At a café in Changsha, Hunan province, Xu Jing shared her experience of being a budget traveler with a group of young people who are as enthusiastic about traveling as her.
Being tired of the traditional nine-to-five office routine, Xu quit her job with a listed company based in Changsha and traveled to Africa on a budget. She visited Kenya, Tanzania and Ethiopia at an average cost of less than 60 yuan ($9.2) a day.
"It wasn't an adventure, but exploration; I approached the world in my own way and as my own person," she said.
Budget traveling -- whether it be hitchhiking, couchsurfing or camping and eating simple -- has become a trend for the younger generation of Chinese travelers.
Twenty-seven-year-old Tang Dasi from Zhanjiang in Guangdong province spent 30 days on a budget tour of Southwest China's Sichuan province, Tibet autonomous region and Nepal after quitting a State-owned company. He got some brand new experiences -- parachuting and climbing the Himalayas.
"With increasingly greater pressure and a faster pace of life, young people have become flippant, impetuous and vulnerable, but new travel concepts give us an opportunity to rediscover ourselves," Tang said.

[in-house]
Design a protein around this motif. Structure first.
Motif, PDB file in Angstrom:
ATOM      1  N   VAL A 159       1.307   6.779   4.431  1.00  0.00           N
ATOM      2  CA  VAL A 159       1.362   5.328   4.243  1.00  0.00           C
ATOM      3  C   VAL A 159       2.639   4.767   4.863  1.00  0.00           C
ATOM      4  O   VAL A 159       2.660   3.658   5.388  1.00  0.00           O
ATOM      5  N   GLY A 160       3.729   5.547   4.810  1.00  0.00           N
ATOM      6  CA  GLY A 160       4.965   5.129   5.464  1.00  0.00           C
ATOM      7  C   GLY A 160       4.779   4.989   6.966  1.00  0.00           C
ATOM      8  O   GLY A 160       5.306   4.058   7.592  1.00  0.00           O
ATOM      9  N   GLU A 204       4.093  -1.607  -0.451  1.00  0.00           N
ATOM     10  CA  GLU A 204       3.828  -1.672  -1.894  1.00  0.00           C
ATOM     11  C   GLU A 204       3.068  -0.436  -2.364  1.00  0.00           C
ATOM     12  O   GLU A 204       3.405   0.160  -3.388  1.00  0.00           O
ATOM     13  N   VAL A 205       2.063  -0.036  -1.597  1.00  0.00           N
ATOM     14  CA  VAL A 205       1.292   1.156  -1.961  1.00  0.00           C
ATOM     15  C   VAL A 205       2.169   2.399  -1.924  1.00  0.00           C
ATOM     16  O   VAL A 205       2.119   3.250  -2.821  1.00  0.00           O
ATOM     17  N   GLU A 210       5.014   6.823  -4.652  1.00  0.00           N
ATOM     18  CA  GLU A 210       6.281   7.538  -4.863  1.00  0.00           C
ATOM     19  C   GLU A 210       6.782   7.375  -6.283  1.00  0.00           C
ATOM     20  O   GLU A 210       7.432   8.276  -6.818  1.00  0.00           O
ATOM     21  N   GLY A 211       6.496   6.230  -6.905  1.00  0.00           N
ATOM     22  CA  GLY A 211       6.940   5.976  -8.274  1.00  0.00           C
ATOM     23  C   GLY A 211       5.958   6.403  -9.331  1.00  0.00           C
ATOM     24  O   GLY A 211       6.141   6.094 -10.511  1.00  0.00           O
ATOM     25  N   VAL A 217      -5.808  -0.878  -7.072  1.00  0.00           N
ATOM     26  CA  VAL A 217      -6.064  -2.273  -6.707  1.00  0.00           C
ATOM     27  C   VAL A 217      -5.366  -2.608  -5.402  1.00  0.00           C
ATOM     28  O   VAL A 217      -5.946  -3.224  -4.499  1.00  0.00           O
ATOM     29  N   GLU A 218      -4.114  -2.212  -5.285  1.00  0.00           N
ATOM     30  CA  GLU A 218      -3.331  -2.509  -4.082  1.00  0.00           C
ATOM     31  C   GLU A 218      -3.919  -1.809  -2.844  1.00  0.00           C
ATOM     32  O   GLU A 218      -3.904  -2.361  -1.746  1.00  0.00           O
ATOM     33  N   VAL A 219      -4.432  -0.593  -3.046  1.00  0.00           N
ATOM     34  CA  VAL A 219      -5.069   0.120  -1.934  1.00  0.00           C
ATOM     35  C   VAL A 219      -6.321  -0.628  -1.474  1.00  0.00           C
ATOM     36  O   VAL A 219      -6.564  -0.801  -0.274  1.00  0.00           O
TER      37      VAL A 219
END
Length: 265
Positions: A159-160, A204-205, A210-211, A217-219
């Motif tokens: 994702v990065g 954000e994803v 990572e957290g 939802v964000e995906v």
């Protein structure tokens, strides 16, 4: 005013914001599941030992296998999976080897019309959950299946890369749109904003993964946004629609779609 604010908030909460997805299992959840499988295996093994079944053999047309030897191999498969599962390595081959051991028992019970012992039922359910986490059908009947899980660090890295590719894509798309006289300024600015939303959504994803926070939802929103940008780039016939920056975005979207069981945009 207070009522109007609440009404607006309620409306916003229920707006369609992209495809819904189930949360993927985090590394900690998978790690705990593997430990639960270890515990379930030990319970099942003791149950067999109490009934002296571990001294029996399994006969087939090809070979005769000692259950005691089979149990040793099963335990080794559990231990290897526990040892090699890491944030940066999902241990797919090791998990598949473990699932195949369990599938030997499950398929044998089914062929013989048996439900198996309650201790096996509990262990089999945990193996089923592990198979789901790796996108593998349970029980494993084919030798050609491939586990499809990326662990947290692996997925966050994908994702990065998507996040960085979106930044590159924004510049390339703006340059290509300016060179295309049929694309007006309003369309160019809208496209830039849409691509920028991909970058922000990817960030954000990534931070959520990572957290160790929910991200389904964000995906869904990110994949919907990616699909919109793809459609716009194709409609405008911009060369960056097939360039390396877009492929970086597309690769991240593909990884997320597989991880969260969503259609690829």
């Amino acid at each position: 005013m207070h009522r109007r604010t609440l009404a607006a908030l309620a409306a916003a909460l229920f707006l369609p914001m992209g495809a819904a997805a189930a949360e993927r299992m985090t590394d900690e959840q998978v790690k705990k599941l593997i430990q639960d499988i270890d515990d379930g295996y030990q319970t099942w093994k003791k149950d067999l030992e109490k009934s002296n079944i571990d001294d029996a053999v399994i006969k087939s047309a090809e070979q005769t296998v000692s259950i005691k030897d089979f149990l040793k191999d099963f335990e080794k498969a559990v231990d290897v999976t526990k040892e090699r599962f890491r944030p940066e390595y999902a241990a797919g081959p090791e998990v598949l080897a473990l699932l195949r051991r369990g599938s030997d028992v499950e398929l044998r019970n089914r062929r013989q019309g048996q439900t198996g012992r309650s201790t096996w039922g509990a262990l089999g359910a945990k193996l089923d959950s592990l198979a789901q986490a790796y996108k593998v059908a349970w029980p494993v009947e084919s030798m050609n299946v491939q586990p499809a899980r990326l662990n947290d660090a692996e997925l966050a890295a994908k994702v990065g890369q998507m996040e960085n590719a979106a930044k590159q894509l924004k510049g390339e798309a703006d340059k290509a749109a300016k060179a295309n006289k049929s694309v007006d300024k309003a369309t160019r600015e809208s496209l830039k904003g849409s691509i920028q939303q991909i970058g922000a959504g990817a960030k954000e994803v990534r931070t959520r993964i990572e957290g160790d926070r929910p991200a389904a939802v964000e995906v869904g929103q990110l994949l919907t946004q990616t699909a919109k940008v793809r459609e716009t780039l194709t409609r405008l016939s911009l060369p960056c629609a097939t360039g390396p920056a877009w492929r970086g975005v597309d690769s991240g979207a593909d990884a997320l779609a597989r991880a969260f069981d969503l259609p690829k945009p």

According to China's outbound travel site Qyer.com, more than 77 million Chinese backpackers traveled abroad in 2014, most of whom were aged 21-30, accounting for 62.4 percent of the total.
A group of young travelers who returned from France, Russia, the Netherlands and Belgium said low-cost and independent traveling is becoming popular for two reasons. On one hand, travel agencies have hiked their prices, and on the other, the experience and knowledge they gained during budget backpacking helped construct new value and knowledge systems.
Wu Fangzhou, a university student, spent 50 days traveling 13 Chinese provinces at a cost of just 4,000 yuan. She slept in KFCs, railway stations and more often than not scored free nights on other people's couch. "I don't care if I'm exhausted from long travel or suffering from cold and hunger; I must see what's on offer at the next stop."
However, Xu worried about safety and legal risks while on the road. "I didn't buy insurance and was most worried about falling ill. I would not have enough money to continue my trip if I got sick."
Zhong Yongde, dean of the College of Tourism at Central South University of Forestry and Technology, suggests budget travelers make detailed contingency plans prior to any trip.
He also called on judicial authorities to improve tourism-related laws and regulations as well as offer better judicial protection for independent travelers.